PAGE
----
The policy and communications director of the Grantham Research Institute on Climate Change and the Environment, Bob Ward, talks to Nature Climate Change about the need for climate scientists to actively engage with the public.
Why is the temperature slowdown a communication challenge?
The story of the slowdown in the public discourse is dominated by a concerted campaign that tries to undermine the case for action on climate change. Unfortunately, the scientists have been a bit naive about the issue and very slow at responding to this campaign. Sceptics have used the slowdown to say that global warming has stopped. The scientists have fallen into that trap by using completely inadequate language. Hiatus, for example, is a terrible word — it refers to a temporary stop. Even though the scientists have tried to emphasize the temporary nature of the phenomenon, the sceptics' interpretation that the warming effect has stopped has created confusion and has persuaded many that there is no reason for concern until, if and when, warming starts again.
What should have happened?
Climate scientists should have become involved with the communication of this slowdown sooner and more actively and should have taken a different angle. Instead of discussing the possible causes of the slowdown, something of which they can't be certain at present, they should have re-emphasized what is still largely agreed by the scientific community — that the heating effect is still happening and whatever is temporarily counteracting the long-term warming trend is not reversing it.
Scientists weren't expecting the slowdown, is that why they were so unprepared?
The problem is that scientists have been generally very poor at explaining what the models do. In particular, they should have explained more clearly why climate models are better at dealing with the greenhouse gas forcing over the long term than predicting the short-term variability that affects the long-term trend. The fact that they weren't able to predict the timing of the slowdown, and do not know for sure what is causing it, does not mean that they don't know anything about it. Scientists tend to focus on the interesting questions, which are the areas of uncertainty. But when they communicate in public they should start with what they are quite sure about. If you focus on the uncertainties, people infer that you are uncertain about all of it.
Is it that people expect scientists to know everything?
The public certainly expect the experts to be honest about the things they don't know. However, they also expect clear communication of what is known. The way scientists handled communication of the slowdown shows that the climate science community has really not done enough to understand the need to engage with the media and the public. They should have been clearer about the slowdown and explained why it has not changed the long-term risks of big rises in temperature.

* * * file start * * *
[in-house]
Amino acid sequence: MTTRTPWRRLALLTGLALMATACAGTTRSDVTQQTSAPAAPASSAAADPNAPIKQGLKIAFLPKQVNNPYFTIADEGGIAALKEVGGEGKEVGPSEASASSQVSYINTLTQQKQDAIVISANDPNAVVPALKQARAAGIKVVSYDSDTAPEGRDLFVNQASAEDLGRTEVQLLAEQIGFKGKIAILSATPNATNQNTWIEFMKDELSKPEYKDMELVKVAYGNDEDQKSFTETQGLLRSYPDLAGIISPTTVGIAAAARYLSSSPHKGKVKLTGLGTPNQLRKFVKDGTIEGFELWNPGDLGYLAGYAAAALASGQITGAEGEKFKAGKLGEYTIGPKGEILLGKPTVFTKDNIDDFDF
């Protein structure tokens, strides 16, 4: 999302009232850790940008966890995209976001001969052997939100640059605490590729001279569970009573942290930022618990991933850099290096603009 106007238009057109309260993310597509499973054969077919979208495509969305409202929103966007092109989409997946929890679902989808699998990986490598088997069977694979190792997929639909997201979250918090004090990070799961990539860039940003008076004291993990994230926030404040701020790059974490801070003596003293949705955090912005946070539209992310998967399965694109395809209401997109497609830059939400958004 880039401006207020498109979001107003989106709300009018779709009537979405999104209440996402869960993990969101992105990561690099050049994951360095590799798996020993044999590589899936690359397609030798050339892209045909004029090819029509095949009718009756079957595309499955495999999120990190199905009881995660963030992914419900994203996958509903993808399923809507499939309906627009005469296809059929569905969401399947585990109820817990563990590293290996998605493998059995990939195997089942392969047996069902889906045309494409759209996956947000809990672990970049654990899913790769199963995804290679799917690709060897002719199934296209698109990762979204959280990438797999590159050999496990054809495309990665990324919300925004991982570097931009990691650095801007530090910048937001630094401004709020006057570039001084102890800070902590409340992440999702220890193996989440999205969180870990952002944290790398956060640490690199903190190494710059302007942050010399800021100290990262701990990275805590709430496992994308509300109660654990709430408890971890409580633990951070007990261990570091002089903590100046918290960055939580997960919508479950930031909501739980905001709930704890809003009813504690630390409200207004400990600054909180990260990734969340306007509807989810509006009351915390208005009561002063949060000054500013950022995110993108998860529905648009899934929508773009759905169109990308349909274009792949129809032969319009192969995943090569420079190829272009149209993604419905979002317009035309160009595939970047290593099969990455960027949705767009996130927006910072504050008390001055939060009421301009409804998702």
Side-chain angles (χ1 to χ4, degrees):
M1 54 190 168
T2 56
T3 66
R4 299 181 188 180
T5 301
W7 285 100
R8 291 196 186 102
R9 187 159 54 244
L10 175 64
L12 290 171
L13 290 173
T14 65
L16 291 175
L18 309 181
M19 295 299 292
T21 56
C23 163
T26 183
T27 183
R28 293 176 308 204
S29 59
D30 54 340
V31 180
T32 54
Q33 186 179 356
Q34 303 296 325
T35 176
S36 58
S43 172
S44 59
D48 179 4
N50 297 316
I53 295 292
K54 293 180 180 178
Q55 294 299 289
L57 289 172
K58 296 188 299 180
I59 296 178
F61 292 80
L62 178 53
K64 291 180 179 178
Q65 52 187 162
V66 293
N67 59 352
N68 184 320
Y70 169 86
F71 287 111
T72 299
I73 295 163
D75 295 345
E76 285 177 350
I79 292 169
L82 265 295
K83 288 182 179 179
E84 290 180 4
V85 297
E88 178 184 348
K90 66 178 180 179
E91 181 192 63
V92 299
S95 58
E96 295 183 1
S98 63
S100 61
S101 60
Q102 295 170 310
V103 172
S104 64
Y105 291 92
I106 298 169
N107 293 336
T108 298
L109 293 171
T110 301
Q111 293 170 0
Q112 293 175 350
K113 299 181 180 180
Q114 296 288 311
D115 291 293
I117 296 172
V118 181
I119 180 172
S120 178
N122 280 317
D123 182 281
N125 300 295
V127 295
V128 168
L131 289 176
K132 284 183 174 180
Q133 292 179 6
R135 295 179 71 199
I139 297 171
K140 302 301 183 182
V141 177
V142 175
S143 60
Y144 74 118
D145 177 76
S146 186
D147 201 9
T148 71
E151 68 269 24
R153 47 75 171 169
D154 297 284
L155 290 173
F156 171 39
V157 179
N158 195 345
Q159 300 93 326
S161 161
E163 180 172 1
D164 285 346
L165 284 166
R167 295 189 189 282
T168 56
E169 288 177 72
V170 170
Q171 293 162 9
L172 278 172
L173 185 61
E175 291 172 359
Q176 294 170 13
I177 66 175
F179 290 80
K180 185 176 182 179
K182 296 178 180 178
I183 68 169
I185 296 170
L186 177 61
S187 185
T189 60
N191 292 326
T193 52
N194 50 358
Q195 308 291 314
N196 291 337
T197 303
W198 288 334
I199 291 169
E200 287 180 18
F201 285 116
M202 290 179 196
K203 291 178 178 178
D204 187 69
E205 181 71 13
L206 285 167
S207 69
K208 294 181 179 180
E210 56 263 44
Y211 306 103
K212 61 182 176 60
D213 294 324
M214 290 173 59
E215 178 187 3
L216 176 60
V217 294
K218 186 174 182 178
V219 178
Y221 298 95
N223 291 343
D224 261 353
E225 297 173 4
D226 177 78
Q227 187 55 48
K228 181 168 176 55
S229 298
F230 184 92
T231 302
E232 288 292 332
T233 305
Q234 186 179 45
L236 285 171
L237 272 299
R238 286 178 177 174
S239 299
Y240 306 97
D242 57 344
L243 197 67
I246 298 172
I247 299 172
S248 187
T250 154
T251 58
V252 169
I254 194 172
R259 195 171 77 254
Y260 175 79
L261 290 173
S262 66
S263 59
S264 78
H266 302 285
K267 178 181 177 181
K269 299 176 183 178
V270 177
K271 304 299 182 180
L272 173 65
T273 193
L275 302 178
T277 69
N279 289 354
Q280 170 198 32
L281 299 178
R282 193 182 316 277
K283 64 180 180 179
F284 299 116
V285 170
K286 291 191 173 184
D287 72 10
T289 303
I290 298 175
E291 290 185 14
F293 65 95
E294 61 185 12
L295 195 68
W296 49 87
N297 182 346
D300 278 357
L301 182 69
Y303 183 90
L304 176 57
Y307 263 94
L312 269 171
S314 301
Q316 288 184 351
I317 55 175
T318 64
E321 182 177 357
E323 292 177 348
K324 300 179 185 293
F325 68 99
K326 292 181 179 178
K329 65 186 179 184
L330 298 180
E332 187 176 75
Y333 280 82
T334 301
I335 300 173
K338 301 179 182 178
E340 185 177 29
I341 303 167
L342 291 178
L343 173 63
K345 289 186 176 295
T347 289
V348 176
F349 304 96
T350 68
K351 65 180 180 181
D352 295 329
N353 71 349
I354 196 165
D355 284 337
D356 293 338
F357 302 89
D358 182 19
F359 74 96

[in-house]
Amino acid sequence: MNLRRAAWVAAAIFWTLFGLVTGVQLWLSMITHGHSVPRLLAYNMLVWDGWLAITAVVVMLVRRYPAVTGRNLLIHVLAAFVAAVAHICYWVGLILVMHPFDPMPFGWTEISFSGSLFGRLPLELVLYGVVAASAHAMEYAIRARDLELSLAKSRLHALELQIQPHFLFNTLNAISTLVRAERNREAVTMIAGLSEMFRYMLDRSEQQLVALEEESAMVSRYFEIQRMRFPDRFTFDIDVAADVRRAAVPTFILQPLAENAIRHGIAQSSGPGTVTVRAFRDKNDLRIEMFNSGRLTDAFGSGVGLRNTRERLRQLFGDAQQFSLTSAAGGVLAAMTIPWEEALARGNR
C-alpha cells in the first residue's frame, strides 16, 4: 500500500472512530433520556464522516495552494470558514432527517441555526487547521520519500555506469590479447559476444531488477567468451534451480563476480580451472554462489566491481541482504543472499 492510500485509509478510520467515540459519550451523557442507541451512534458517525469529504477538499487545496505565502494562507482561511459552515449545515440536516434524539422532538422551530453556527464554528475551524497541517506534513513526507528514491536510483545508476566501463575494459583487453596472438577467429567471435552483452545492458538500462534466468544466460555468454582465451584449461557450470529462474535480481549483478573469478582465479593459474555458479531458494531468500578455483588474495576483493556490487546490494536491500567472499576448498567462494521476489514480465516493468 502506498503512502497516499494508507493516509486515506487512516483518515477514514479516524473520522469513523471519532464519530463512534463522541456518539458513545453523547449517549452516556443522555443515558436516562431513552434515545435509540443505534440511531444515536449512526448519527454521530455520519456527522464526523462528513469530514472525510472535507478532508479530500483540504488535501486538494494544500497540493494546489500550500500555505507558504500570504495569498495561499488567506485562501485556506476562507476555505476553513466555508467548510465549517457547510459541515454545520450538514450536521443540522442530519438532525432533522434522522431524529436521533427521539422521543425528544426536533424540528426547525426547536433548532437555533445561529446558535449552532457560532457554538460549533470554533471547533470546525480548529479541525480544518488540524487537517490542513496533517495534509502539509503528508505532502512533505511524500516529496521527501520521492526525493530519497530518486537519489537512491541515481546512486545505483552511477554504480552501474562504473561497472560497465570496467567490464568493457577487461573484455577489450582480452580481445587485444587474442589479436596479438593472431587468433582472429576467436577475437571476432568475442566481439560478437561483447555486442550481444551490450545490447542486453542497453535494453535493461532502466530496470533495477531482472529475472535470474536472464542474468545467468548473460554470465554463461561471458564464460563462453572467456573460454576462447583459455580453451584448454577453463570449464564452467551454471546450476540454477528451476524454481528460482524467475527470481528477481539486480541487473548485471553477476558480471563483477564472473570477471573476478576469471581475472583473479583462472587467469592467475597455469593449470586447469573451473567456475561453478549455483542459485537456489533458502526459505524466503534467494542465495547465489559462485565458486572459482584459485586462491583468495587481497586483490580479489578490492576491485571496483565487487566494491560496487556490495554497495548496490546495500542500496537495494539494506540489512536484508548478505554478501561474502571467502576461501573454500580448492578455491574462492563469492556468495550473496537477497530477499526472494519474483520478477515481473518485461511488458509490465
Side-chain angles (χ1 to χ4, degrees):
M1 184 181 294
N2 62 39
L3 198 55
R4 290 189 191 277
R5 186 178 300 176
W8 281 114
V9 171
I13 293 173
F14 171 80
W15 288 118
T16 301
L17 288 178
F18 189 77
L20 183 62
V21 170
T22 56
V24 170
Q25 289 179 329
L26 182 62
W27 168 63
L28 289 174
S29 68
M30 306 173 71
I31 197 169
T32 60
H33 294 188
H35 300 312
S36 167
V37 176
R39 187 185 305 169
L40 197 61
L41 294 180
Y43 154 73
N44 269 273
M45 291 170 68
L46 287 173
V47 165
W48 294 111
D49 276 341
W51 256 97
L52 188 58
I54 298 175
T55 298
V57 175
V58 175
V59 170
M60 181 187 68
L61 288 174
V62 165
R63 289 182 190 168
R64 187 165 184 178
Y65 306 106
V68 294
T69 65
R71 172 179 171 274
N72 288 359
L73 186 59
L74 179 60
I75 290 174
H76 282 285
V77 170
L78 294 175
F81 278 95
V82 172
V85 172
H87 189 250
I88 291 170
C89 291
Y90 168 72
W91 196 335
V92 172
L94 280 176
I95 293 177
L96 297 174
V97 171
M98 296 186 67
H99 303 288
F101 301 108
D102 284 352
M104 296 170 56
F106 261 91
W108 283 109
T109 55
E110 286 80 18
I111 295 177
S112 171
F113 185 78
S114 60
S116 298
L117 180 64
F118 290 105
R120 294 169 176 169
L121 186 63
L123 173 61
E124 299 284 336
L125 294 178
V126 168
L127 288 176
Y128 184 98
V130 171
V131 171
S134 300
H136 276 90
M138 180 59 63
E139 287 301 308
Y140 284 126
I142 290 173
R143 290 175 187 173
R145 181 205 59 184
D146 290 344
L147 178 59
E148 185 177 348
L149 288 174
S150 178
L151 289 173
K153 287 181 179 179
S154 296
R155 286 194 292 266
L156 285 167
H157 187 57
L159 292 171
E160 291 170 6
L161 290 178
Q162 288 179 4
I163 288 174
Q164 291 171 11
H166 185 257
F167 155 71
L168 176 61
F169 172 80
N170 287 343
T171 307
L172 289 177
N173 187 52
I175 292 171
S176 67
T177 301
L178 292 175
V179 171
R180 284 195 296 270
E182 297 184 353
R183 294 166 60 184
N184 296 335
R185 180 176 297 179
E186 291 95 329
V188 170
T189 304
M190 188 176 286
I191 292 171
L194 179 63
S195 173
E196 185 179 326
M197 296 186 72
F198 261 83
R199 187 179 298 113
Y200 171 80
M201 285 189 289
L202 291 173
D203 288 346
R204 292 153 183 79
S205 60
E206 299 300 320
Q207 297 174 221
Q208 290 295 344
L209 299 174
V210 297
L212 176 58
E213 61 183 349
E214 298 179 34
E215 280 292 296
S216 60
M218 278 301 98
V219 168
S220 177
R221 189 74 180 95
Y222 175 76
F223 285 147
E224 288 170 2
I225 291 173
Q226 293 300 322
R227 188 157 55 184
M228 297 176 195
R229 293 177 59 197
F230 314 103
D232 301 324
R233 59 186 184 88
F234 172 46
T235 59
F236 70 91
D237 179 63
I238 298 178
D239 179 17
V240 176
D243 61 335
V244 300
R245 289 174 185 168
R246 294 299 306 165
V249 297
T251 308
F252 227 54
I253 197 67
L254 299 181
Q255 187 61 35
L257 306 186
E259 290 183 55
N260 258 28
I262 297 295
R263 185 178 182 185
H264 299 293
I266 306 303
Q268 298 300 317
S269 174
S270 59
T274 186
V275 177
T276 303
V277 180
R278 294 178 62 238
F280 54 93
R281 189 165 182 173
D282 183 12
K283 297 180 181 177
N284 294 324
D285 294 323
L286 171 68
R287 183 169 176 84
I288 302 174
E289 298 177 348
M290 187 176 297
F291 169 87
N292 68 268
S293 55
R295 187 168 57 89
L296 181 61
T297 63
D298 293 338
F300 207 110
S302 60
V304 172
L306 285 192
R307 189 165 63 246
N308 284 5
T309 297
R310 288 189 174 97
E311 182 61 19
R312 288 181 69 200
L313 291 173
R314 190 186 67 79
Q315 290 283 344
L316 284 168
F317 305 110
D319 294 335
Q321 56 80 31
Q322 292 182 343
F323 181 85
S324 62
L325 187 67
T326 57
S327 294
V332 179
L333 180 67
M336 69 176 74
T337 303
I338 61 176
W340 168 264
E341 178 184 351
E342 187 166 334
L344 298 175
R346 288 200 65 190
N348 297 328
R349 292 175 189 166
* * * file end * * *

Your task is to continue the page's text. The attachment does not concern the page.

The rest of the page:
Is the debate around the slowdown a sign of a wider issue?
There is certainly a wider communication issue here. One can blame the sceptics for muddying the water but in the end, if the researchers were generally better at communicating, they wouldn't have as much of a problem. The sceptics have the most difficult part, because they're trying to spin a line that is basically untrue. In the case of the slowdown, a delayed and inadequate response from climate scientists has allowed the sceptics to make it a test of the credibility of climate science, and to falsely portray it as the most important issue. They have distorted the media's views and it will take a great deal of time to undo that distortion.
I would like to see the scientists admit that communication needs to be improved. In the run up to the publication of IPCC AR5 WGI, there was a big press conference where scientists talked about the slowdown. But, perhaps not surprisingly, the BBC science editor — David Shukman — made it clear that it was the first time he heard climate scientists talking about the slowdown. Even if that's not true, the fact that he has such a perception shows that the climate science community just hasn't got the communication right.
What about politicians in all this?
Government departments have chief scientific advisors who brief them about the science. There is little excuse if politicians get the science wrong. Of course there are exceptions, with some politicians using the slowdown to try to justify ideologically driven statements about climate change. It is disturbing to see that the confusion around the slowdown is being used as a way of preventing public pressure on politicians to do more. We know that current levels of actions to reduce emissions are not sufficient to avoid the risks of dangerous climate change. That is what everybody should be really concerned about. And that's why I think this is not only a problem of communication but a crisis for public policy.
What should scientists do?
They should speak more and understand more about the basics of public debate. Senior climate scientists have to accept that if you are a leader in this field, part of your job is to engage with the public debate. Climate science is more than just the research; it's about the interface with the public and with policy makers. Scientists need to talk to newspaper editors who very often don't have a science background and therefore don't understand even the basics of climate change. The public have been let down by the media and it's up to the scientists to get the editors to understand more than they currently do.
Interview by Monica Contestabile
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Contestabile, M. In the public's mind. Nature Clim Change 4, 170 (2014). https://doi.org/10.1038/nclimate2152